The Nelson Institute's Center for Culture, History, and Environment (CHE) draws together faculty, staff, graduate students, and others from a wide array of disciplines in the humanities, social sciences, and natural sciences to investigate environmental and cultural change in the full sweep of human history.
Environmental historian William Cronon awarded Wilderness Society’s highest honor
Environmental historian and University of Wisconsin-Madison professor William Cronon has been presented with The Wilderness Society’s Robert Marshall Award — the organization’s highest civilian honor — for his contributions to the protection of America’s wild places.
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Environmental history, as seen through tortoises
Elizabeth Hennessy grounds her study of transnational histories in one amazing creature: the giant tortoise of the Galápagos Islands. She joins the UW-Madison Department of History and the Nelson Institute for Environmental Studies this year as an assistant professor of global environmental history, shedding new light on how geography, culture, and science intersect in a land long associated with Darwin’s theory of natural selection.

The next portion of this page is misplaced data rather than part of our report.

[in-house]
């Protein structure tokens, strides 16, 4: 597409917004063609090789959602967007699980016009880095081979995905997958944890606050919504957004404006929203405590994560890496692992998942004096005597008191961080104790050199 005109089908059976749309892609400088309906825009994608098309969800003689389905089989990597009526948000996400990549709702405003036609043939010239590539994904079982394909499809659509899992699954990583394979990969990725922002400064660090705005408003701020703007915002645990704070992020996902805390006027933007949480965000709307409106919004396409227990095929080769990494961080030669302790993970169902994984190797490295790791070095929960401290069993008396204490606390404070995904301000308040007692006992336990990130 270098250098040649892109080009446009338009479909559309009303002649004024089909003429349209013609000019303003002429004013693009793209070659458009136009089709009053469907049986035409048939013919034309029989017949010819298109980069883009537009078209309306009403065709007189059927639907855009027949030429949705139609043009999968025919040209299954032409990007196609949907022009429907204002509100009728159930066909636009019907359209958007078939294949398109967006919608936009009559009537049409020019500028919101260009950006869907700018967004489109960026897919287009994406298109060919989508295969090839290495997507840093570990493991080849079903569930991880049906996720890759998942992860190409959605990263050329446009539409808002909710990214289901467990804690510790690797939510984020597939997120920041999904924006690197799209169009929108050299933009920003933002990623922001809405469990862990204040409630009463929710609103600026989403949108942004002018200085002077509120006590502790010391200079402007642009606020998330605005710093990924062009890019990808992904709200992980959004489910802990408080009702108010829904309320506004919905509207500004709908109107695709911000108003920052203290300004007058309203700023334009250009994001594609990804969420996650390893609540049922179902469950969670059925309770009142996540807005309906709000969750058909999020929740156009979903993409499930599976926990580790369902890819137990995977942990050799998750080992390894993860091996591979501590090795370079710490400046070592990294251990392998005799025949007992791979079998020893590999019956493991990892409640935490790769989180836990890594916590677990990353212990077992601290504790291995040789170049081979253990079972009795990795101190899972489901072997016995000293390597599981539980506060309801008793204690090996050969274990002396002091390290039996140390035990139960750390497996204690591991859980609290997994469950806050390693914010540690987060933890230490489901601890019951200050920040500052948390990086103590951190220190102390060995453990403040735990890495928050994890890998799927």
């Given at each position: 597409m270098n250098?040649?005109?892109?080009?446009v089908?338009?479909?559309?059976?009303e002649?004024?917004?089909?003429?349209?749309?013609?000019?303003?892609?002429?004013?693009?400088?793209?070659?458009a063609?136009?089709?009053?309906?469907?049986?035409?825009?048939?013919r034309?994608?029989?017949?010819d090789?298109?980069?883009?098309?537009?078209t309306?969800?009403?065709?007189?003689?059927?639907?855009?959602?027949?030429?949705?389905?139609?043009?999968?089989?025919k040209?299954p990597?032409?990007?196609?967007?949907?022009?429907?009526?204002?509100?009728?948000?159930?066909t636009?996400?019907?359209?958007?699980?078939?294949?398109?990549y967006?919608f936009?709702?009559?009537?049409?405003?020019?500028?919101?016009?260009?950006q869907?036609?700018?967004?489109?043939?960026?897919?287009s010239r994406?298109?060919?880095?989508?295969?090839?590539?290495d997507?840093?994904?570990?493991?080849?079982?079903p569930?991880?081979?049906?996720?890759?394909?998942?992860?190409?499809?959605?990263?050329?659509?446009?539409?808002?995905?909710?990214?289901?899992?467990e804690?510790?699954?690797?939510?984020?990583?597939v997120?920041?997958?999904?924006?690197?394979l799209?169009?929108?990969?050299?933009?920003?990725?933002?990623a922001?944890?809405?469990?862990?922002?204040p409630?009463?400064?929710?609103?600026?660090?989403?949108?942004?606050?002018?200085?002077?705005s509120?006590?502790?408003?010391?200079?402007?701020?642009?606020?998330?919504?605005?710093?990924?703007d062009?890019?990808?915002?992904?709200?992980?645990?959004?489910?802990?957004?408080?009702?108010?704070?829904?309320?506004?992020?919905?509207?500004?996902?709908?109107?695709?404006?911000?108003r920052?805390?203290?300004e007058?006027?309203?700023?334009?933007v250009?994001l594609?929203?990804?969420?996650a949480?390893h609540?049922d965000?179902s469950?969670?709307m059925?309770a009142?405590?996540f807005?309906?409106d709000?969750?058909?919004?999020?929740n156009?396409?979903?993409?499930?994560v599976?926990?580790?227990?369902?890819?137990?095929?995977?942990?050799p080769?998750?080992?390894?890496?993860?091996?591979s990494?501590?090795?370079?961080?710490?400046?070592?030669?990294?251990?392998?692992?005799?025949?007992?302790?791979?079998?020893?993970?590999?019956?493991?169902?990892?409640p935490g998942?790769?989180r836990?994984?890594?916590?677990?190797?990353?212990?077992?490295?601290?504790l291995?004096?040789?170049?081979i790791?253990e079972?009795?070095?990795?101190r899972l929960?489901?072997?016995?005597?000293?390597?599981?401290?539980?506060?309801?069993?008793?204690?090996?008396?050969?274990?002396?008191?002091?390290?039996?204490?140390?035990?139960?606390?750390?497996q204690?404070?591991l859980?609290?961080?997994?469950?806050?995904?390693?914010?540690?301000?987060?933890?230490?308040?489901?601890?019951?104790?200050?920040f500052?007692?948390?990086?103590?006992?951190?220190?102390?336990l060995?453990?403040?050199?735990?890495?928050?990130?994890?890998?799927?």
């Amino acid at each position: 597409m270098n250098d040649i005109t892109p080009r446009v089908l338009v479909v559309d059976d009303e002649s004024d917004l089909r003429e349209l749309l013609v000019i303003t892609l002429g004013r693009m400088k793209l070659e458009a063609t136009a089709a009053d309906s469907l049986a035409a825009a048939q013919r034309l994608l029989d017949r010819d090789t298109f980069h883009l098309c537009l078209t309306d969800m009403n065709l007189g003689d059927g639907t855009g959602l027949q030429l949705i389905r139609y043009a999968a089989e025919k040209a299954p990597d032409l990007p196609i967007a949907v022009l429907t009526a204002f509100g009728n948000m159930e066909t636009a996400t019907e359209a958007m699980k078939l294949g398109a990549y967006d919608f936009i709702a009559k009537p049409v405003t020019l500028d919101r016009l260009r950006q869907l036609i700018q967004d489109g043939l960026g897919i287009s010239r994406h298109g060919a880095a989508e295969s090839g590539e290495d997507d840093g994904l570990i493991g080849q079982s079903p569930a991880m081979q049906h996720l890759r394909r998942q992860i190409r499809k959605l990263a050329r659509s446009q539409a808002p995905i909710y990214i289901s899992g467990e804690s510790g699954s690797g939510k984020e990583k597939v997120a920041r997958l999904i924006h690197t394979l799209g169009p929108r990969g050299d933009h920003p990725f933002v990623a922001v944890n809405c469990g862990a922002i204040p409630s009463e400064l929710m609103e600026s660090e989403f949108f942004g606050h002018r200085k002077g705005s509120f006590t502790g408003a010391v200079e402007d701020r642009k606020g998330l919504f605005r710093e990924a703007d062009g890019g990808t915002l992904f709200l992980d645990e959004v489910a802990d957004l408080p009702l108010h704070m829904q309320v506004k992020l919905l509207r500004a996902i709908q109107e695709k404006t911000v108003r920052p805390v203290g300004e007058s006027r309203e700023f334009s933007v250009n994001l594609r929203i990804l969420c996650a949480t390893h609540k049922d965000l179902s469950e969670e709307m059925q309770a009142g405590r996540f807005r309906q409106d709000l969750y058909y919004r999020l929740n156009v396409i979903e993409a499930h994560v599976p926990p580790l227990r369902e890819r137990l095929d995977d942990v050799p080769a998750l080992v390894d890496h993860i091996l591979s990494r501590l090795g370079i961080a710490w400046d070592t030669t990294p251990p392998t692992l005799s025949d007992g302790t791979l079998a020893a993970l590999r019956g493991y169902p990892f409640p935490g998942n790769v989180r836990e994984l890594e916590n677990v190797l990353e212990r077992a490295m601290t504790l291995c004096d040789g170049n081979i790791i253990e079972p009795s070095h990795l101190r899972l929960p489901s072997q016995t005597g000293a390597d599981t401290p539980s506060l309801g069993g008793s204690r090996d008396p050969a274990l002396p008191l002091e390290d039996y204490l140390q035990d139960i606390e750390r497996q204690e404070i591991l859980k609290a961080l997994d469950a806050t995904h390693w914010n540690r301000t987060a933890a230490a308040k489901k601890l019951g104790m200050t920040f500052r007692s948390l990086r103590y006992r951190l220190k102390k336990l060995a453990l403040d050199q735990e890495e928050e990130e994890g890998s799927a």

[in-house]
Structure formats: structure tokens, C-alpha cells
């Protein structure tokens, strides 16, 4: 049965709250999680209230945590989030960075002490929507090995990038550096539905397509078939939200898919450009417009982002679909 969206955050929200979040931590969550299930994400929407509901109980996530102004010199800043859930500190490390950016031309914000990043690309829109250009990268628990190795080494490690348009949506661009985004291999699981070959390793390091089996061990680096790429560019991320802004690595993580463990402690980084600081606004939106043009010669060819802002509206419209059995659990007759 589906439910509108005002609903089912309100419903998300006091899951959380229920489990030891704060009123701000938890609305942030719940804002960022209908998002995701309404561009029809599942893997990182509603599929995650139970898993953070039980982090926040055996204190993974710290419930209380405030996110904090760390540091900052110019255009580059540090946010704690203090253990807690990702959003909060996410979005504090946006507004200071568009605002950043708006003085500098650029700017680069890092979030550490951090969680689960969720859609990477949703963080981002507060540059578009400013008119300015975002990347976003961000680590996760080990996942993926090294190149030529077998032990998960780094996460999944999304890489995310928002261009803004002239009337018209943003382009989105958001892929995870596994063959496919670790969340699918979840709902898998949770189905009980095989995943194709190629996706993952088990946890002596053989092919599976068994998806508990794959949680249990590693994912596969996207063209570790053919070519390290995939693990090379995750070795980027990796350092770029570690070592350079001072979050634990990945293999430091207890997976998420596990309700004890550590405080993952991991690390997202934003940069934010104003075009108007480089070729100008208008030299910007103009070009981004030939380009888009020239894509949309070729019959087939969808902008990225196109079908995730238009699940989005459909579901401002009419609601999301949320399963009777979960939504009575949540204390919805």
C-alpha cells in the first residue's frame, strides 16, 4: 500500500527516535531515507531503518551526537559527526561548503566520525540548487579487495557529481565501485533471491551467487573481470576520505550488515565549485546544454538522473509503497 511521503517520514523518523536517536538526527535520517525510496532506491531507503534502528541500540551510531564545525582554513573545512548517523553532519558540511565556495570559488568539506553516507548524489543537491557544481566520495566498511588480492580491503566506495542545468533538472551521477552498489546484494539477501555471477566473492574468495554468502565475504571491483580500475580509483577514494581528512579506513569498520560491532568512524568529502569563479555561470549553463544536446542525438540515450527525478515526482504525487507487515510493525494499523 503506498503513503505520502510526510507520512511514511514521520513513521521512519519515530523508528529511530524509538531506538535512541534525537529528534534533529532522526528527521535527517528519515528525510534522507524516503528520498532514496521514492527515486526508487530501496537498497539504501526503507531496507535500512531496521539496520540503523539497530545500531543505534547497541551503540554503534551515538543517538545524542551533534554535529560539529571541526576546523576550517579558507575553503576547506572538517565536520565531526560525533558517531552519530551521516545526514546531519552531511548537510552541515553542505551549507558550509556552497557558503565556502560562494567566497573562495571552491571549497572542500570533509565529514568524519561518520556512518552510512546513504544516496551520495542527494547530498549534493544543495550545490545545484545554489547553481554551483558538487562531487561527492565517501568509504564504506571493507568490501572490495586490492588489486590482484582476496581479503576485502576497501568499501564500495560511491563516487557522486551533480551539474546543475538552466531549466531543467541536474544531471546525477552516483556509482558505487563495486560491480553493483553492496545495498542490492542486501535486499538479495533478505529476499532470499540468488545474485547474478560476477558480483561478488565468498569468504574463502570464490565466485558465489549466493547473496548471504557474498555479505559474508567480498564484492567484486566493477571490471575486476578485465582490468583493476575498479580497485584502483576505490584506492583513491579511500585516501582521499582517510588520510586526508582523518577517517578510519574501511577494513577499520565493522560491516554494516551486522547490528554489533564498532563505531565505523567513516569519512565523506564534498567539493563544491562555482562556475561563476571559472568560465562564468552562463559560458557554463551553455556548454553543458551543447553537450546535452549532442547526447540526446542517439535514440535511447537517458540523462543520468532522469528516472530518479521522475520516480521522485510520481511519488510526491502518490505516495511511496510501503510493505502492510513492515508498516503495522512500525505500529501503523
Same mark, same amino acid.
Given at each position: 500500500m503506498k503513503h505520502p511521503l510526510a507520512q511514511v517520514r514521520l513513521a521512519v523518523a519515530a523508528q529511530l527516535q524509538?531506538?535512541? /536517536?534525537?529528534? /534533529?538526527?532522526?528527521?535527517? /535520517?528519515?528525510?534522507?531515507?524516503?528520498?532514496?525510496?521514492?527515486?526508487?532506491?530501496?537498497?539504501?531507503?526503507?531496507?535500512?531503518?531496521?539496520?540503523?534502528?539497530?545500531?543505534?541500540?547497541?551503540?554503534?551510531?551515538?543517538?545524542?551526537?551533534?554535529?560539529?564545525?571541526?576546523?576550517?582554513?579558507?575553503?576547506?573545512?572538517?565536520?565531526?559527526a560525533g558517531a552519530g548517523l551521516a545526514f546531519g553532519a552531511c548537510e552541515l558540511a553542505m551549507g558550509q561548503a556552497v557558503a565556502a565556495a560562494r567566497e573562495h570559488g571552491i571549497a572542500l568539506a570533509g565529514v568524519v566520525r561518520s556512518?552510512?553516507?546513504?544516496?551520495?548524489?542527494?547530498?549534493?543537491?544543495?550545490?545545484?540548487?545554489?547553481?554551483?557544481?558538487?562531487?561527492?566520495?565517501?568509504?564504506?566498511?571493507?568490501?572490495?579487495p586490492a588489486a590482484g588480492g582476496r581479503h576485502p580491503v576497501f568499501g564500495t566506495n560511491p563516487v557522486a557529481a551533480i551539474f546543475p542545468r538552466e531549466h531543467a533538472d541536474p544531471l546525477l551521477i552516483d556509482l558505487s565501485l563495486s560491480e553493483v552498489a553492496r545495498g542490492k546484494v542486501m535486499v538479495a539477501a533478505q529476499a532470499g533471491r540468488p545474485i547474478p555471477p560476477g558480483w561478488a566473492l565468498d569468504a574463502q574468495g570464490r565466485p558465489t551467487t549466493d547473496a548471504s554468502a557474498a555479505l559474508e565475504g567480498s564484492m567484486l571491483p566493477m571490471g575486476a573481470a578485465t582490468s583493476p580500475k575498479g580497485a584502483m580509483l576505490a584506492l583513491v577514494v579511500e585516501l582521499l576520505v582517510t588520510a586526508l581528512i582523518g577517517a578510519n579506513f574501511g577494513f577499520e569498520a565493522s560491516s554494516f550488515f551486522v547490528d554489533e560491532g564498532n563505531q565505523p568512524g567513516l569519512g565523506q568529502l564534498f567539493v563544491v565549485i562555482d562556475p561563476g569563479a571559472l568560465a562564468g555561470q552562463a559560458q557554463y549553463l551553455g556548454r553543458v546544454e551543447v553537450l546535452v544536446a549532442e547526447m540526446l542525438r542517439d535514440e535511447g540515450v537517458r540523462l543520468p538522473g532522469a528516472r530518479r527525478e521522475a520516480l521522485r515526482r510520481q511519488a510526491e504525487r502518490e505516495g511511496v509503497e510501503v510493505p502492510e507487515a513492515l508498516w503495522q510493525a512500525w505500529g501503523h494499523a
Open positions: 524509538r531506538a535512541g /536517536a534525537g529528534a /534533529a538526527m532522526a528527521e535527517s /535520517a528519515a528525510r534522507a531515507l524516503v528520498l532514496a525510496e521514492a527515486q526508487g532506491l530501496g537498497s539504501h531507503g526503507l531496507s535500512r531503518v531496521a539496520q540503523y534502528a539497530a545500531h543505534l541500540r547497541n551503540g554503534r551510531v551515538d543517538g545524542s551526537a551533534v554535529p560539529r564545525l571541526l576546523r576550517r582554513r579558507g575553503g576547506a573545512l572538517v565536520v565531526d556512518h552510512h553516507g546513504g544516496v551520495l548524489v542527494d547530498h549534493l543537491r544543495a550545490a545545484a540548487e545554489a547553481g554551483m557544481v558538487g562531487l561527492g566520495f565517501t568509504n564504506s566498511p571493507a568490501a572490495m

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Jordahl Public Lands Lecture featuring William Cronon
Tuesday, October 21, Memorial Union, Shannon Hall
Cronon's remarks will explore the meaning of the Wilderness Act upon its 50th anniversary. This lecture is free and open to the public.
Colloquium: Graduate Student Panel
Wednesday, October 22, Bradley Memorial, 202/204
See our Colloquium page for more information.